While the quadratic formula for solving quadratic equations is familiar to everyone who has taken high school math, it seems that the formula for solving cubic equations is not as familiar, but it is occasionally very handy. This formula was first discovered by Girolamo Cardano, Scipione del Ferro and Niccolo Fontana Tartaglia, and first published in Cardano's Ars Magna in 1545, and is considered a major result in Renaissance mathematics.

The general cubic equation can be expressed as follows:

x3 + bx2 + cx + d = 0

We may then calculate the following two values (somewhat analogous to the discriminant of the quadratic formula):

q = (b2 - 3c)/9

r = (2b3 9bc + 27d)/54

If the coefficients of the cubic are all real, then the sum p = q3 + r2 determines what sort of roots the cubic polynomial might possess. If p is greater than 0, then it possesses one real root and two complex conjugate roots. If p is equal to zero, all roots are real, and we have roots of at least multiplicity 2. If p is less than zero, then all three roots are real.

In the latter case, we can proceed by computing:

θ = cos-1(r/sqrt(q3))

The three real roots may then be readily computed as:

x1 = -2 sqrt(q) cos(θ/3) - b/3

x2 = -2 sqrt(q) cos((θ + 2π)/3) - b/3

x3 = -2 sqrt(q) cos((θ - 2π/3) - b/3

If the coefficients are complex, or if either of the other two cases applies, we then compute these two values:

s1 = (r + sqrt(q3 + r2))1/3

s2 = (r - sqrt(q3 + r2))1/3

The roots of the cubic are then:

x1 = s1 + s2 - b/3

x2 = -(s1 + s2)/2 - b/3 + (i sqrt(3)/2)(s1 - s2)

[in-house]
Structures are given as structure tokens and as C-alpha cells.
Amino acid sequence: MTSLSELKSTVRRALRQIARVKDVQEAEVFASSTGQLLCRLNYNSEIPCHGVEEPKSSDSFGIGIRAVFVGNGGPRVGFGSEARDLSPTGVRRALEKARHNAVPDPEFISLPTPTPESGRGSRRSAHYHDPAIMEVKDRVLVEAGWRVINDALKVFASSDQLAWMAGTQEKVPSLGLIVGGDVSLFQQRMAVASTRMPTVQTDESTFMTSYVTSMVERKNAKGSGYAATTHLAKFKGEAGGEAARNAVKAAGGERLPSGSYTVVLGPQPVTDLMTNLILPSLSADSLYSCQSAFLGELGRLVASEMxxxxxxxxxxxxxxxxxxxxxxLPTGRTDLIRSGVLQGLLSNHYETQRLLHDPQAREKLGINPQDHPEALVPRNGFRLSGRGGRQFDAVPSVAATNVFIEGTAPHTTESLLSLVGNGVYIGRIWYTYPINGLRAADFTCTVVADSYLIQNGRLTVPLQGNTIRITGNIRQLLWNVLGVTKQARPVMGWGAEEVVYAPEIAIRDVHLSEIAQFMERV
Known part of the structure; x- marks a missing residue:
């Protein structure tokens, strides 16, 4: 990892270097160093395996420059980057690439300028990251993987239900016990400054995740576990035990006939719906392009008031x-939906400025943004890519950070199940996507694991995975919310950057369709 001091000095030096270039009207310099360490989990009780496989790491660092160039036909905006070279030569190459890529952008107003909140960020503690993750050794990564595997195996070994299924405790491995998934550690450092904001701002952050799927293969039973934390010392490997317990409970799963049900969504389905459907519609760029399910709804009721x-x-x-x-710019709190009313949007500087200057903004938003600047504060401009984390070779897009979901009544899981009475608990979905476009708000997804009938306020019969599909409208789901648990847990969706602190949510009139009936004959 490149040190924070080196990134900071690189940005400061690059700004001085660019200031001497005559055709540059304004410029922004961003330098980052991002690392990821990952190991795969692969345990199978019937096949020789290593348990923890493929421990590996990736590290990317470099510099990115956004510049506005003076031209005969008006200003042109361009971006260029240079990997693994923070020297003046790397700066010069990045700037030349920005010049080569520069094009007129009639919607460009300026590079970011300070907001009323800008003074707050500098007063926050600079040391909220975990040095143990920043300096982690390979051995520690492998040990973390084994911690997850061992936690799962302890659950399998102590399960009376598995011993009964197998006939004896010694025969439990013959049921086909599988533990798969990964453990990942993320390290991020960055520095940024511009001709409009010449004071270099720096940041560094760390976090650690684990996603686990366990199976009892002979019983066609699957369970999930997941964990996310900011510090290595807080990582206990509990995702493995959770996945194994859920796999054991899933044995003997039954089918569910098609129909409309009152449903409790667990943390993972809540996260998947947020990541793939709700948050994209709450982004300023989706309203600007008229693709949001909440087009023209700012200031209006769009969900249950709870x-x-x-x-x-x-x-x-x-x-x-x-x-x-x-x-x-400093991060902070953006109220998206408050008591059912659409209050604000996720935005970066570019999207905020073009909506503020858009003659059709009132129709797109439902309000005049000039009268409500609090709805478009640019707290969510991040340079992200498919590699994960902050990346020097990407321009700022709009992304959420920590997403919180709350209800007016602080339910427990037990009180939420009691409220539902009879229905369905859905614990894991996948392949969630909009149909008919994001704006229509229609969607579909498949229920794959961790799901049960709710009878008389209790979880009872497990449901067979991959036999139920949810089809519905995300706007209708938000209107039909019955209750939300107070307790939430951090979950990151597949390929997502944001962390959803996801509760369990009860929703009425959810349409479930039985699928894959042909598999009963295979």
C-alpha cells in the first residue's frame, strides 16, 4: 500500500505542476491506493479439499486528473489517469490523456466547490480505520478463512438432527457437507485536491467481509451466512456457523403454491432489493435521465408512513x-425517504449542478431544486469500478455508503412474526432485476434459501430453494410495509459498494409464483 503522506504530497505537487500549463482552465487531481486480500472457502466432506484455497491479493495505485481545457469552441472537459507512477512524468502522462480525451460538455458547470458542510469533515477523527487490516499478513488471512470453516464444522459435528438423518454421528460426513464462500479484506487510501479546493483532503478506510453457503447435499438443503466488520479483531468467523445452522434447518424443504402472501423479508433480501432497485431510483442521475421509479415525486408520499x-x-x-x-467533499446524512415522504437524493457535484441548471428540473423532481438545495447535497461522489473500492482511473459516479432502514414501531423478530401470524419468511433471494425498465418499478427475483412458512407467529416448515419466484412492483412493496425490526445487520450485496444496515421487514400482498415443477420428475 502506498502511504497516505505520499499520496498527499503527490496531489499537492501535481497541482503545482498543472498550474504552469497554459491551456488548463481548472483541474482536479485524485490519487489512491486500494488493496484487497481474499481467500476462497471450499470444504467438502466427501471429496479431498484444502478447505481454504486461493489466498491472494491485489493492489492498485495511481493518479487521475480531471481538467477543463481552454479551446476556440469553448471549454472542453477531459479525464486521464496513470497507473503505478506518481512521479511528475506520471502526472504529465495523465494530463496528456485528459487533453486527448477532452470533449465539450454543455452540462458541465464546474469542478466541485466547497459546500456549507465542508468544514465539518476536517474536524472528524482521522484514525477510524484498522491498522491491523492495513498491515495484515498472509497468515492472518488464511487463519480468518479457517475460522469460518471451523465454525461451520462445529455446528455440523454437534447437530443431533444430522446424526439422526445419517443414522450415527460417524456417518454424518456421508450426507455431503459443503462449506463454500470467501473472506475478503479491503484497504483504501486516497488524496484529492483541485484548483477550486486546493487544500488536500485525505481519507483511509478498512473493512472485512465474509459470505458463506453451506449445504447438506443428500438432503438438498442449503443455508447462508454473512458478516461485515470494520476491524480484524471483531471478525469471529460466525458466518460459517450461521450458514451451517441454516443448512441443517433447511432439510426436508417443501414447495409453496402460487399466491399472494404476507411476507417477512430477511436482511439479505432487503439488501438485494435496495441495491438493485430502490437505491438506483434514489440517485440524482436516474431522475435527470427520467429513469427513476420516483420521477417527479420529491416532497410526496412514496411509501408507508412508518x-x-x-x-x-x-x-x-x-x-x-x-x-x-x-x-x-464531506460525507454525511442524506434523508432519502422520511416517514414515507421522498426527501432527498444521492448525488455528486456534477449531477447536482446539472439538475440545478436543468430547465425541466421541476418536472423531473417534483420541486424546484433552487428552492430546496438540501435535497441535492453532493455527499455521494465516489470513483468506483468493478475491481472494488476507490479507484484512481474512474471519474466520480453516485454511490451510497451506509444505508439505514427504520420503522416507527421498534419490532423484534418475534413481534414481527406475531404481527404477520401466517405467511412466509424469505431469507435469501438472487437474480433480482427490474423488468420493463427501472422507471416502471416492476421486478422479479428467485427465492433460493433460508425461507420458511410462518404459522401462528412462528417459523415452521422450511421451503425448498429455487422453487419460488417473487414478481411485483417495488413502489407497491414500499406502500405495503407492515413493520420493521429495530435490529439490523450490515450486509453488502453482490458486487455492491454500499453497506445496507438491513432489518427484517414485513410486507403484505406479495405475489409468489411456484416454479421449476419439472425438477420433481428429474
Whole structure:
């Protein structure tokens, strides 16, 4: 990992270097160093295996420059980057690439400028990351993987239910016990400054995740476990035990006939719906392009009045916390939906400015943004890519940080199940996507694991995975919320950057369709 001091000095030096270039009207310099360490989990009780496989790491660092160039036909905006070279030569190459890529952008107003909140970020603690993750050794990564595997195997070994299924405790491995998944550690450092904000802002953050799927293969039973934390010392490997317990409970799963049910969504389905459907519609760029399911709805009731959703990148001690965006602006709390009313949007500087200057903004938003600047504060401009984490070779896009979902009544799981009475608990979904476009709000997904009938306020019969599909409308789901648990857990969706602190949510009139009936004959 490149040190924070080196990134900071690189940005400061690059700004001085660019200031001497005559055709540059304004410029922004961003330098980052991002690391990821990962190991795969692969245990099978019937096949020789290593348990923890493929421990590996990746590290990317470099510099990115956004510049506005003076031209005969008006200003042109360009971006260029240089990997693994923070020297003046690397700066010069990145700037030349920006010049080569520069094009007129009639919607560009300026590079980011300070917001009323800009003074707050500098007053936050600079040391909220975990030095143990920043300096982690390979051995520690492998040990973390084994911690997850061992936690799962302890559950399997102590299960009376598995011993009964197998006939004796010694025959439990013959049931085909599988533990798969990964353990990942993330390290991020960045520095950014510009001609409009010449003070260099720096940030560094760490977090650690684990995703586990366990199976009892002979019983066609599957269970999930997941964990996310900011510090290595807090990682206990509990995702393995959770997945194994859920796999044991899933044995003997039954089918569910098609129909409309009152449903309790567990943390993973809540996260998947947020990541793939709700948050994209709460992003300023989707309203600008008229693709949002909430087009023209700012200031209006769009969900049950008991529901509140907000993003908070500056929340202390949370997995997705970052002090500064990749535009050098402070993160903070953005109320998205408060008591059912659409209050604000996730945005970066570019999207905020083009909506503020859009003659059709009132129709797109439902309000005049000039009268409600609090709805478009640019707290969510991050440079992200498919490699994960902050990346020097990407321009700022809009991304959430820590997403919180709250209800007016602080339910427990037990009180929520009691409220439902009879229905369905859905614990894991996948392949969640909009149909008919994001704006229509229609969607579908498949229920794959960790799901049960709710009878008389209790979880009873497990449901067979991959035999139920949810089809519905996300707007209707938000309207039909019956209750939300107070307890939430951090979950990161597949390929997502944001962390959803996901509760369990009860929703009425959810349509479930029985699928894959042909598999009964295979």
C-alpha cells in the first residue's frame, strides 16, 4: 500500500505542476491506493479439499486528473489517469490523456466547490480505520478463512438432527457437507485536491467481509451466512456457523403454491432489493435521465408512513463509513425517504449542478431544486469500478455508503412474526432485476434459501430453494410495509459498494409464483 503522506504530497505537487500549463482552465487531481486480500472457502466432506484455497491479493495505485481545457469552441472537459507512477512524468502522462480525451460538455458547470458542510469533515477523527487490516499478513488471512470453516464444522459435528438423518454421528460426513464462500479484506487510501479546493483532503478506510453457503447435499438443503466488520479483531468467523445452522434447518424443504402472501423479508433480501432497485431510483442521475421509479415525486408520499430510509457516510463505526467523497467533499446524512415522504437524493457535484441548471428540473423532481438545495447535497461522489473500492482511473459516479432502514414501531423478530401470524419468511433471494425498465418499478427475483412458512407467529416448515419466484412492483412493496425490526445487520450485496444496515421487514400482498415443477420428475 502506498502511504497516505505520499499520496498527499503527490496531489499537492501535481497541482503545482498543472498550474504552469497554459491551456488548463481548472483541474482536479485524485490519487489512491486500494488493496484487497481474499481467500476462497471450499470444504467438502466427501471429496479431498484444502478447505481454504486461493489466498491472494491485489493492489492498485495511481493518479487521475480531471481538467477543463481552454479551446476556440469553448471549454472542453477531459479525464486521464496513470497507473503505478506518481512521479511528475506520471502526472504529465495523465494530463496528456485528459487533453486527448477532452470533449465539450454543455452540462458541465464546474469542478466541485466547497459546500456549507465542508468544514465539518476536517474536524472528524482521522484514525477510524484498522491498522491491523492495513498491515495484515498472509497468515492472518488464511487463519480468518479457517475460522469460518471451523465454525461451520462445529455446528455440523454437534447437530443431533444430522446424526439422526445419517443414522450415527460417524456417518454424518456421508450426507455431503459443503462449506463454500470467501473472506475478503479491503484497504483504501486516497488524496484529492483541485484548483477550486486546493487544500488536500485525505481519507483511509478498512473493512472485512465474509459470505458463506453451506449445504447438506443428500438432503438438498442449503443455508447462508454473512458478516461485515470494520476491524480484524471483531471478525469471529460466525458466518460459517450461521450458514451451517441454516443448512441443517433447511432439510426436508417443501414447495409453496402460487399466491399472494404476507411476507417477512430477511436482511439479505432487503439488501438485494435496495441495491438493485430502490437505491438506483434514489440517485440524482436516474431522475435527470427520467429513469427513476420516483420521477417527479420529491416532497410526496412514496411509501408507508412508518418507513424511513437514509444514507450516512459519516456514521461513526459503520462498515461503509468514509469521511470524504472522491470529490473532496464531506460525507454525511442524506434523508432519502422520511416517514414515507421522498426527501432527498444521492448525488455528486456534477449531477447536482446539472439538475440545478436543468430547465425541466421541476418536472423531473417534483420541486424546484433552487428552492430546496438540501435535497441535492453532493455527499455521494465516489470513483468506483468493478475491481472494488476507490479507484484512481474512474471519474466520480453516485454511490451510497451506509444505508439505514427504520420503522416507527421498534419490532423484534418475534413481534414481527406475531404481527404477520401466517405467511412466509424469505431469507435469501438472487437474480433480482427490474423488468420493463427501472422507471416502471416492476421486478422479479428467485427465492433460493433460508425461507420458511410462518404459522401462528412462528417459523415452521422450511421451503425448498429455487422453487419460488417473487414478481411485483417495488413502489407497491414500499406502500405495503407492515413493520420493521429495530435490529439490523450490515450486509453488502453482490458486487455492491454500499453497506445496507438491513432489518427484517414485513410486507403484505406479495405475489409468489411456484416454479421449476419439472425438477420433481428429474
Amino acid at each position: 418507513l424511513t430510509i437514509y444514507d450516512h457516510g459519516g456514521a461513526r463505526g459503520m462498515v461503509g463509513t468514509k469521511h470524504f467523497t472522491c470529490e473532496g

x3 = -(s1 + s2)/2 - b/3 - (i sqrt(3)/2)(s1 - s2)

In practice, it's usually easier to just use one of these formulas to compute the root (the first one usually), and then remove that root using synthetic division and solve the resultant quadratic equation.

If one is doing these kinds of calculations by hand, a simple check would be to use the symmetric functions generated by the cubic, namely:

x1 + x2 + x3 = -b

x1x2 + x1x3 + x2x3 = c

x1x2x3 = -d

and see if these formulas on the roots match with the coefficients of the original cubic.

In the computer age however, this cubic formula is only seldom used to numerically compute the roots of cubic polynomials, as iterative numerical methods like Laguerre's method or the Jenkins-Traub method can generally do the job much more efficiently for equations of this degree and higher.

Sources:

William H. Press, et. al. Numerical Recipes in FORTRAN

Milton Abramowitz and Irene A. Stegun, Handbook of Mathematical Functions

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